LLE Review 97

Review 97


This volume of the LLE Review, covering October–December 2003, features “Direct-Drive Cryogenic Target Implosion Performance on OMEGA.” Layered and characterized cryogenic D2 capsules have been imploded using high-contrast pulse shapes on the 60-beam OMEGA laser at the Laboratory for Laser Energetics. These experiments measure the sensitivity of the direct-drive implosion performance to parameters such as the inner-ice-surface roughness, the adiabat of the fuel during the implosion, and the laser power balance. The goal is to demonstrate a high neutron-averaged fuel ρR with low angular variance using a scaled α ~ 3 ignition pulse shape driving a scaled all-DT ignition capsule. Results are reported with improvements over previous experiments in target layering and characterization and in laser pointing and target positioning on the OMEGA laser. These capsules have been imploded using up to 23 kJ of 351-nm laser light with an on-target energy imbalance of less than 2% rms, full beam smoothing (1-THz bandwidth, 2-D SSD, and polarization smoothing), and new, optimized, distributed phase plates. Pulse shapes include high-adiabat (α ~ 25) square pulses and low-adiabat (α < 5) shaped pulses. The data from neutron and charged-particle diagnostics, as well as static and time-resolved x-ray images of the imploding core, are compared with 1-D and 2-D numerical simulations. Scaling of target performance to a weighted quadrature of inner ice roughness atthe end of the acceleration phase is investigated.

Additional highlights of research presented in this issue include the following:

  • The compressed-core, temperature-density profiles of a cryogenic deuterium (D2) target are characterized using measured primary deuterium–deuterium (DD) and secondary deuterium–tritium (DT) yields, neutron-averaged ion temperature, and x-ray images at peak neutron production. In addition, the electron pressure and the areal density of the neutron production region are inferred to be 2.7±0.4 Gbar and ~10 mg/cm2, respectively.
  • A laser-source–based, extended x-ray absorption fine structure (EXAFS) measurement is used to study the properties of laser-shocked metals on a nanosecond time scale. The ability to measure shock-induced temperatures of the order of 0.1 eV is essentially unique to EXAFS. EXAFS measurements of vanadium shocked to ~0.5 Mbar with a 3-ns laser pulse yield a compression and temperature in good agreement with hydrodynamic simulations and shock-speed measurements. In laser-shocked titanium at the same pressure, the EXAFS modulation damping is much higher than warranted by the increase in temperature. This is explained by the α-Ti to ω-Ti phase transformation known to occur around ~0.1 Mbar in the longer (µs) shocks obtained in gas-gun experiments. In the ω-Ti phase, the disparate neighbor distances cause a beating of the modulation frequencies and thus an increased damping. These results demonstrate that EXAFS measurements can be used to study nanosecond-scale shocks and phase transformations in metals.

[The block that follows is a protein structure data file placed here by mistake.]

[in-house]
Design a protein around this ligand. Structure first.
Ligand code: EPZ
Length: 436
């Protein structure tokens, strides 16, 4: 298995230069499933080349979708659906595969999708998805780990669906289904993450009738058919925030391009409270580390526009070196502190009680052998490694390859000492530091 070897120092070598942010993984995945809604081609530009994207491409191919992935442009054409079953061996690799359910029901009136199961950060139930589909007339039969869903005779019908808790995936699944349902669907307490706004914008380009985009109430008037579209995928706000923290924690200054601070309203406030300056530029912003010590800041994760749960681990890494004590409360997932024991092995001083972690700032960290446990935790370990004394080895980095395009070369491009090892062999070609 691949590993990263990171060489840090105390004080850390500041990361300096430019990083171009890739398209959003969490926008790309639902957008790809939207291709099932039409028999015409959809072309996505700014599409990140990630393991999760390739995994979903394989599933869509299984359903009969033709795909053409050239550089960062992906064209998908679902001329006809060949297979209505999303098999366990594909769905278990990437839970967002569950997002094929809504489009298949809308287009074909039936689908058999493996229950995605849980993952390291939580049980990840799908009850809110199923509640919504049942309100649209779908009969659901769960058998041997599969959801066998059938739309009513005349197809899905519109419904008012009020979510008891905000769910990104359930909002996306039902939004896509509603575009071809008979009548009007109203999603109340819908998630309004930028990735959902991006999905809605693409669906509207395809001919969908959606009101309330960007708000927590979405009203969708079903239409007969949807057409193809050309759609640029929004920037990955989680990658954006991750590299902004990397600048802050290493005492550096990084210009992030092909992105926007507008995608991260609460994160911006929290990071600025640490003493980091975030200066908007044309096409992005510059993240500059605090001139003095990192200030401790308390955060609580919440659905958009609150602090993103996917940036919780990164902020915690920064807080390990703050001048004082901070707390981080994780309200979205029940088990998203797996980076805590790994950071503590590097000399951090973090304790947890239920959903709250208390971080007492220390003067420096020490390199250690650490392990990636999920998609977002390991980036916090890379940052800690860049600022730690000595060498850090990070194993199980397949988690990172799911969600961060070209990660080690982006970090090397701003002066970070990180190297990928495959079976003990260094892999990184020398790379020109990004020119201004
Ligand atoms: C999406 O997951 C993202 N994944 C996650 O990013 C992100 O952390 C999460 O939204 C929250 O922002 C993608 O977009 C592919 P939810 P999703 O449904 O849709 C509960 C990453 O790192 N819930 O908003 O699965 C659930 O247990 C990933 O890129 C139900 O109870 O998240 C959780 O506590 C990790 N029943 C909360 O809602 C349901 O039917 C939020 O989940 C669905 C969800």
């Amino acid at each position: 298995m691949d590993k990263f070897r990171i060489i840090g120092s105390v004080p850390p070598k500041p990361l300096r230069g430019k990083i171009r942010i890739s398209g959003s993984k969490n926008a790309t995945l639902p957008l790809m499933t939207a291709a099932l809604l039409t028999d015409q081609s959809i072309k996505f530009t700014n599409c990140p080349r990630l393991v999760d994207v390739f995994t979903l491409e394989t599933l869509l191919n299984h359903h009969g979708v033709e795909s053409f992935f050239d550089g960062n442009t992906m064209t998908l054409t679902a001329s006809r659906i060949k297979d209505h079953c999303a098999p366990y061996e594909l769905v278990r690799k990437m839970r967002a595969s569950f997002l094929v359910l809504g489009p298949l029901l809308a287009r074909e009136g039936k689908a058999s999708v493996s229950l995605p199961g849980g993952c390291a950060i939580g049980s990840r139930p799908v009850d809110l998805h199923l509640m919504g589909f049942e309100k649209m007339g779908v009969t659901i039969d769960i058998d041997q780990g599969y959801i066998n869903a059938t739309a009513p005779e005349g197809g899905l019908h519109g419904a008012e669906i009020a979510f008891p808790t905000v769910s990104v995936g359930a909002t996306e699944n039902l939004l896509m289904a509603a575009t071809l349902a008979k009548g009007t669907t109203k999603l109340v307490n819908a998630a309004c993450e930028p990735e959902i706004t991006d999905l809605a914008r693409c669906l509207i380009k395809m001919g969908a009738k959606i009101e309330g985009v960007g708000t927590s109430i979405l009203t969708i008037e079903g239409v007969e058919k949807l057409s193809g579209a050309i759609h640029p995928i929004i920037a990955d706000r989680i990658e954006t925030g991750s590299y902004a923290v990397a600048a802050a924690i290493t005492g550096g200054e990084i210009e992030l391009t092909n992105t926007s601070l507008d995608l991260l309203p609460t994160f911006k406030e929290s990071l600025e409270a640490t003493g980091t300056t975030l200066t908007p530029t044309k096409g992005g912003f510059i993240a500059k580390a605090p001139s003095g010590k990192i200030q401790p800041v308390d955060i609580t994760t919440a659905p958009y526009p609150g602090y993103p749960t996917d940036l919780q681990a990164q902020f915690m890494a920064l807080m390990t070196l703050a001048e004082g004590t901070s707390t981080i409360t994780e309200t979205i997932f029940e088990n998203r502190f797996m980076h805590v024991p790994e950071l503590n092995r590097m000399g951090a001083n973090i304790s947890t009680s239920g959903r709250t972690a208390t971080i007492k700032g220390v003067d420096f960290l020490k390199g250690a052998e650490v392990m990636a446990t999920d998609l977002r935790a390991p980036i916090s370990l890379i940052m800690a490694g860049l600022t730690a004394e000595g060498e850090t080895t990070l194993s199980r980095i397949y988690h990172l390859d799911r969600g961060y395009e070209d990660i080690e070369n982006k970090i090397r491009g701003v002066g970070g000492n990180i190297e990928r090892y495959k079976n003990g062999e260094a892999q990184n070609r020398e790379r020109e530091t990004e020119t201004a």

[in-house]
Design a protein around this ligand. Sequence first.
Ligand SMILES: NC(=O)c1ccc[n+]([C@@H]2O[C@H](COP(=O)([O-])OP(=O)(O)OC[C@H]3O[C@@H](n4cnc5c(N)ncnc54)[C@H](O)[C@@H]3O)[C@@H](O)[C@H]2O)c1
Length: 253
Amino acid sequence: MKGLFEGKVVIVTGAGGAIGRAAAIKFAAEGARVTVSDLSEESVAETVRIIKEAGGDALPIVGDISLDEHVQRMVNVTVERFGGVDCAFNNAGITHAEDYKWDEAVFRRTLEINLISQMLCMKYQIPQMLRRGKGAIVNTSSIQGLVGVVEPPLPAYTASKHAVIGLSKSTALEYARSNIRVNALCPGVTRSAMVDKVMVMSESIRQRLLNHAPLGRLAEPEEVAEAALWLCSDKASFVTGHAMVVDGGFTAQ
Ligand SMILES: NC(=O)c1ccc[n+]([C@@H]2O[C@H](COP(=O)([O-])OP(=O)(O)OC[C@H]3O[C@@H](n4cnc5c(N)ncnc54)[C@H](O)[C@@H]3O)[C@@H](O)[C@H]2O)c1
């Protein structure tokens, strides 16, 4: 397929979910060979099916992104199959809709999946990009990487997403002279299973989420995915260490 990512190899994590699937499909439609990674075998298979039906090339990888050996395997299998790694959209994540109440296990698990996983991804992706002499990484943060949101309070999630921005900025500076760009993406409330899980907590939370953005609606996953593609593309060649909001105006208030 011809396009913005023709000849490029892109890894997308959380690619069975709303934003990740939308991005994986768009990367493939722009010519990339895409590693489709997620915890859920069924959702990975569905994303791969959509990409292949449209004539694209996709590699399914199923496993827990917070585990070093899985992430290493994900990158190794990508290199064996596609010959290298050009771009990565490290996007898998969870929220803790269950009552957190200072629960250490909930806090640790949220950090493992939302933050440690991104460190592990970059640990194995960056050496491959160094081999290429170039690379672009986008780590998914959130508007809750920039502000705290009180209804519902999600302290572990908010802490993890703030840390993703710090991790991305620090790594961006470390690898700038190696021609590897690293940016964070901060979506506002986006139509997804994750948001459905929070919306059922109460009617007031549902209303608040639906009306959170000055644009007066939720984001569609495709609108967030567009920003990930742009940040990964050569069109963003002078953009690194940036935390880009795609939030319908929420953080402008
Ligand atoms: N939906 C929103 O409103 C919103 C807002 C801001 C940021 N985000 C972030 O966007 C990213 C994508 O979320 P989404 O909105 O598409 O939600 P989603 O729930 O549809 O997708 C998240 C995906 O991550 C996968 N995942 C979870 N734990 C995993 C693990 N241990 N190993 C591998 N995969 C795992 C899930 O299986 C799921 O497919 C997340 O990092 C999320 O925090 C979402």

• Metal–semiconductor–metal ultraviolet photodiodes fabricated on GaN are tested in the picosecond regime with an electro-optic sampling system. The best performance of a device with a feature size of 1 µm showed a 1.4-ps rise time and 3.5-ps full width at half maximum, which represents the fastest ultraviolet GaN photodiode reported to date. The derived electron velocity in GaN was in good agreement with an independent photoexcitation measurement. A comparison with Monte Carlo simulation was made, and the slower impulse response observed in a device with a smaller feature size of 0.5 µm was discussed.
  • Photonic crystals offer great promise in a variety of applications in optoelectronics, from lasers to the creation of all-optical circuits for computing. The presented research project focuses on the creation of novel photonic crystals through the self-assembly of core-shell structured colloidal particles. Layer-by-layer electrostatic self-assembly was used to deposit polyelectrolyte shells around spherical colloidal particles. By exploiting electrostatic attraction, shells of controllable thickness were formed by alternating the deposition of positive- and negative-charged polyelectrolytes. The coated colloidal particles were deposited as thin films of hexagonally close-packed crystals onto glass slides. The crystalline films display a partial photonic band gap and preferentially reflect light of a wavelength dependent on the size of the particles making up the crystal. The chemical functional groups in the shell surrounding the colloidal particles offer a potential route to immobilize optically active species in the shell to enhance the photonic band gap of the crystal.
  • A ytterbium fiber laser mode-locked at its 280th harmonic, which corresponds to a repetition rate greater than 10 GHz, is considered. The laser produces linearly polarized, 2.6-ps chirped pulses with up to 38 mW of average output power. The mode-locked pulses are tunable over a 55-nm window centered on 1053 nm.
  • A series of microgrinding and polishing experiments are performed on glass-ceramics. Microgrinding includes deterministic microgrinding (fixed infeed rate) and loose-abrasive lapping (fixed pressure). Material mechanical properties (Young’s modulus, hardness, fracture toughness) and chemical properties (chemical susceptibility, or mass loss under chemical attack) are correlated with the quality of the resulting surface (surface microroughness and surface grinding-induced residual stresses). Deterministic microgrinding (at fixed infeed) and loose-abrasive microgrinding (at fixed pressure) are compared in terms of material removal rates and resulting surface quality.

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